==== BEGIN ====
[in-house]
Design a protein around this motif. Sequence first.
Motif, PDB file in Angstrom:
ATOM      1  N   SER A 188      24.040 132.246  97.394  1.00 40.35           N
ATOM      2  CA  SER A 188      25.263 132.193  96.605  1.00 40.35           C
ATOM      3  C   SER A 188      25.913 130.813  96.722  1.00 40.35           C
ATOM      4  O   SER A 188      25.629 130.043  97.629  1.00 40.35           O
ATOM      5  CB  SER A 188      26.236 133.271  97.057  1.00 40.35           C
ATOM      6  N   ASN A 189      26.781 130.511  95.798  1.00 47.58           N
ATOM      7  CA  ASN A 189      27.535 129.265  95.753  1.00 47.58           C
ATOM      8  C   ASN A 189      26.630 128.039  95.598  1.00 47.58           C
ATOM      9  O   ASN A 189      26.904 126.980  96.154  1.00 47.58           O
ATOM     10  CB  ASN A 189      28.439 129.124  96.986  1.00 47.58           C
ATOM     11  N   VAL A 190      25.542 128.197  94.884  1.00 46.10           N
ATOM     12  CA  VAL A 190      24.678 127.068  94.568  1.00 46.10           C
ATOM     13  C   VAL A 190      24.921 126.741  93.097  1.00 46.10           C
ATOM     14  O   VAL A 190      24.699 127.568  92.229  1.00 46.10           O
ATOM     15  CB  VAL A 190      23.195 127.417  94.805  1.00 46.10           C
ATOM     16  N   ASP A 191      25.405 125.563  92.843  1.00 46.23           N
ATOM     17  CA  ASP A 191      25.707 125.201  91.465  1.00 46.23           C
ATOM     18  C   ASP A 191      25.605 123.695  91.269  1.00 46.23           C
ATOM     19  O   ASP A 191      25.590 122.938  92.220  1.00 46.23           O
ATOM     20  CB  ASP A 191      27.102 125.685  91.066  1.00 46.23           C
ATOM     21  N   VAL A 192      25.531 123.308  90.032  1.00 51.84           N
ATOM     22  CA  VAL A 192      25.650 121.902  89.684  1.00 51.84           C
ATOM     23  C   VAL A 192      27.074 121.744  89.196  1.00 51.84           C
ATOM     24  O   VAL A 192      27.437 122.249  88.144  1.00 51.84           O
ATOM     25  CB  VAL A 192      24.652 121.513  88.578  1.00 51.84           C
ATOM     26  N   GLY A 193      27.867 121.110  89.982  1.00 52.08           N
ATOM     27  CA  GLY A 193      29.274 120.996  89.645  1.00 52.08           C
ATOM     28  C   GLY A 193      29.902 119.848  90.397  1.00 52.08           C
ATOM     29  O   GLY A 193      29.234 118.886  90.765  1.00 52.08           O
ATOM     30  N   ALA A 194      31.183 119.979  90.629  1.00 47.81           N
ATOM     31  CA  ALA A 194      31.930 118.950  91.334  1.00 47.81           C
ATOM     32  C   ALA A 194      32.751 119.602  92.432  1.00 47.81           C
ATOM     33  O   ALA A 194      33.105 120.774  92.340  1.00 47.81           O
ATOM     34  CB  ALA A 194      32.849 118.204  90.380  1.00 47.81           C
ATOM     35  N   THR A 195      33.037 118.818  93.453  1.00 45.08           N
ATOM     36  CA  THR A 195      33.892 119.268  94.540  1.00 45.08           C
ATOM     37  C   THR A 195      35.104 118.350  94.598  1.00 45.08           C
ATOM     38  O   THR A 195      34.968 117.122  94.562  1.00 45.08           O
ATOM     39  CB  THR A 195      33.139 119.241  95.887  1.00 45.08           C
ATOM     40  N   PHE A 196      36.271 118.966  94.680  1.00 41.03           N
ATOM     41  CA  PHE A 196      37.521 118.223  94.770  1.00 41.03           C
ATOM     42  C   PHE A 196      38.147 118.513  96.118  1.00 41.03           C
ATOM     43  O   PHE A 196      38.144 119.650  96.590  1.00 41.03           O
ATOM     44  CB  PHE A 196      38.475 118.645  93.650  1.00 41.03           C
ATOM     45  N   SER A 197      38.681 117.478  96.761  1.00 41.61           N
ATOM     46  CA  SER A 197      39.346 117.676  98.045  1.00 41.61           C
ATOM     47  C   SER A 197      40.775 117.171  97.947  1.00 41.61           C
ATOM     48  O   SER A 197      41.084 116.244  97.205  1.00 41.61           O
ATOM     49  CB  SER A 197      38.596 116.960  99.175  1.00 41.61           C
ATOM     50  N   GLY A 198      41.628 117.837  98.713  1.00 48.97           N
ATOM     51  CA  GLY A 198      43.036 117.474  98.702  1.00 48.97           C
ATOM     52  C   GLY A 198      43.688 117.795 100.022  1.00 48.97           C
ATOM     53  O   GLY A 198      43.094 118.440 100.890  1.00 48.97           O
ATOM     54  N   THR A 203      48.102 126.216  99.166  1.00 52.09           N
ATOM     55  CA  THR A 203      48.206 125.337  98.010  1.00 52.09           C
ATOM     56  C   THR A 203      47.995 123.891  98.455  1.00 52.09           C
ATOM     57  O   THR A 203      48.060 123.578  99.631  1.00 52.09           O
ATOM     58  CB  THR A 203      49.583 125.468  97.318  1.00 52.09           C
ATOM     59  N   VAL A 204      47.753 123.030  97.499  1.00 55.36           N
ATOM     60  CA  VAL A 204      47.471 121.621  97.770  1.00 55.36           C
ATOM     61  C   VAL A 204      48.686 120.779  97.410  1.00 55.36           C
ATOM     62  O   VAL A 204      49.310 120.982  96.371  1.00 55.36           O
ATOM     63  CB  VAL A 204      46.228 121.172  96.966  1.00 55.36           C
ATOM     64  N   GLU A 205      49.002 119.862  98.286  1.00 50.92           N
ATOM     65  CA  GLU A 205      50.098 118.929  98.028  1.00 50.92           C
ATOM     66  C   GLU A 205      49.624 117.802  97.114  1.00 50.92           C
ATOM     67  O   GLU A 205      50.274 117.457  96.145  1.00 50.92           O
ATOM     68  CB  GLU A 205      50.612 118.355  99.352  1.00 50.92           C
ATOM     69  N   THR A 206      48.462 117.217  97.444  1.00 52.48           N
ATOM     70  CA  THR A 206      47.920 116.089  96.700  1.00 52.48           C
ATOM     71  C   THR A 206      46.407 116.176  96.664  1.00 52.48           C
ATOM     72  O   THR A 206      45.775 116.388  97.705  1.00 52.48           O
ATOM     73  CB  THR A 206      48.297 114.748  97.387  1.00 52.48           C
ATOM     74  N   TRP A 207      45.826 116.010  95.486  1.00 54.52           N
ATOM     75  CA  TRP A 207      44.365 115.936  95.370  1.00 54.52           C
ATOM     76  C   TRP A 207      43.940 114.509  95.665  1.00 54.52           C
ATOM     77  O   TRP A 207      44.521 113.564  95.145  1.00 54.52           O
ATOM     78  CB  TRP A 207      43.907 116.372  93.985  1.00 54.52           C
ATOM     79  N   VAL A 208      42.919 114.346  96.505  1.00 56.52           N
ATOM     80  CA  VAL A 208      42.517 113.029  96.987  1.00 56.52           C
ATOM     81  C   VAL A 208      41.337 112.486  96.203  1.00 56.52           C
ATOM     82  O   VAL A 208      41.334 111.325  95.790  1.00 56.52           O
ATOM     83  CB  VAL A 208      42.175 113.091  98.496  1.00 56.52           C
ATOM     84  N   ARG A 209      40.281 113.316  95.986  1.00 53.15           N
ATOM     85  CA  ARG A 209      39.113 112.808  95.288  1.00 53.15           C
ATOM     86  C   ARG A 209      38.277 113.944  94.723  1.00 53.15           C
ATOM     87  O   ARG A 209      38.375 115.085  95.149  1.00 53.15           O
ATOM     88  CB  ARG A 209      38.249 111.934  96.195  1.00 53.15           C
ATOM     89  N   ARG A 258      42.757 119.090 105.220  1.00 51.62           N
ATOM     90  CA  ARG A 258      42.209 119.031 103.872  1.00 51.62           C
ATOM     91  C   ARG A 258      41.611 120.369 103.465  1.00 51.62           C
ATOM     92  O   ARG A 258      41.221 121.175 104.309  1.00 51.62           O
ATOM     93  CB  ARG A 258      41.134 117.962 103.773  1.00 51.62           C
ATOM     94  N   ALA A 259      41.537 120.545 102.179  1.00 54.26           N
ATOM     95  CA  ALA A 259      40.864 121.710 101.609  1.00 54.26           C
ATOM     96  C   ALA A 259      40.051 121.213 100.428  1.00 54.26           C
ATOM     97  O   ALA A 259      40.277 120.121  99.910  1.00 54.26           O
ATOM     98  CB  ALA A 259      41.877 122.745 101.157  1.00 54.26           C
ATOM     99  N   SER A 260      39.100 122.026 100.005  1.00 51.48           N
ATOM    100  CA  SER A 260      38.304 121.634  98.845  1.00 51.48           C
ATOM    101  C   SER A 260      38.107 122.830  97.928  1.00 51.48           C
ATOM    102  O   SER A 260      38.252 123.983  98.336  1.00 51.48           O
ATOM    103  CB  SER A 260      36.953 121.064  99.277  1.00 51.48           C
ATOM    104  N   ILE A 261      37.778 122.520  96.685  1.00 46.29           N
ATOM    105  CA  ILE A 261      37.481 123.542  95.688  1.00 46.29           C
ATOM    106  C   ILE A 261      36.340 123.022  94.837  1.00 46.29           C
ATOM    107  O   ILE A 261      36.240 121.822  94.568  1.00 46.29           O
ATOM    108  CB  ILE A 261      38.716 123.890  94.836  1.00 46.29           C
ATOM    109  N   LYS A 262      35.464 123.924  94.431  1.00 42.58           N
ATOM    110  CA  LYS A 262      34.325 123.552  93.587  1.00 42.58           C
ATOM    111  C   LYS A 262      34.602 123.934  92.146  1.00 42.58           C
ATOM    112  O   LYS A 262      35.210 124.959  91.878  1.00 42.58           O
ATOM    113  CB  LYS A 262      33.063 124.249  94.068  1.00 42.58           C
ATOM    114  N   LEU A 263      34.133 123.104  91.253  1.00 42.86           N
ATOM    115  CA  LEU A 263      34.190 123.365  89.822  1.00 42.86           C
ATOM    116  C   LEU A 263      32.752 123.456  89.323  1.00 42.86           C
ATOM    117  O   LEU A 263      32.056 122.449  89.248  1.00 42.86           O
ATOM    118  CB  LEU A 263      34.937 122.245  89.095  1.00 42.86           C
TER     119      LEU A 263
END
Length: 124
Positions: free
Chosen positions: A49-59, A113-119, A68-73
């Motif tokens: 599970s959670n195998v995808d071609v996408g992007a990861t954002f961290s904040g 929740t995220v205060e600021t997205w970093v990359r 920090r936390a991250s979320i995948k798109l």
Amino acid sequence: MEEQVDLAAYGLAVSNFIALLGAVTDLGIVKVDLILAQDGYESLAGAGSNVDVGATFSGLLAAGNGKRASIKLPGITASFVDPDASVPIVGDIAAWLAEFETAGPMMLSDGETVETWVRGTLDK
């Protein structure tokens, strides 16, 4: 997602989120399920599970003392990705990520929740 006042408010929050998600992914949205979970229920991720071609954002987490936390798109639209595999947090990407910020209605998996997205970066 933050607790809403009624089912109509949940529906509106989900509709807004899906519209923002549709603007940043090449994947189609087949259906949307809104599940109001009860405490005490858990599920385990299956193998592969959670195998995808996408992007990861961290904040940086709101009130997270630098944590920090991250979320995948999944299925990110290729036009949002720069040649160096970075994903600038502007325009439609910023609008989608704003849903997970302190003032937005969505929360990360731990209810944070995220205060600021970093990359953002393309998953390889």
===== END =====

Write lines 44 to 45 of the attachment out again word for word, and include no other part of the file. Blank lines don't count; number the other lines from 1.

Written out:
ATOM     41  CA  PHE A 196      37.521 118.223  94.770  1.00 41.03           C
ATOM     42  C   PHE A 196      38.147 118.513  96.118  1.00 41.03           C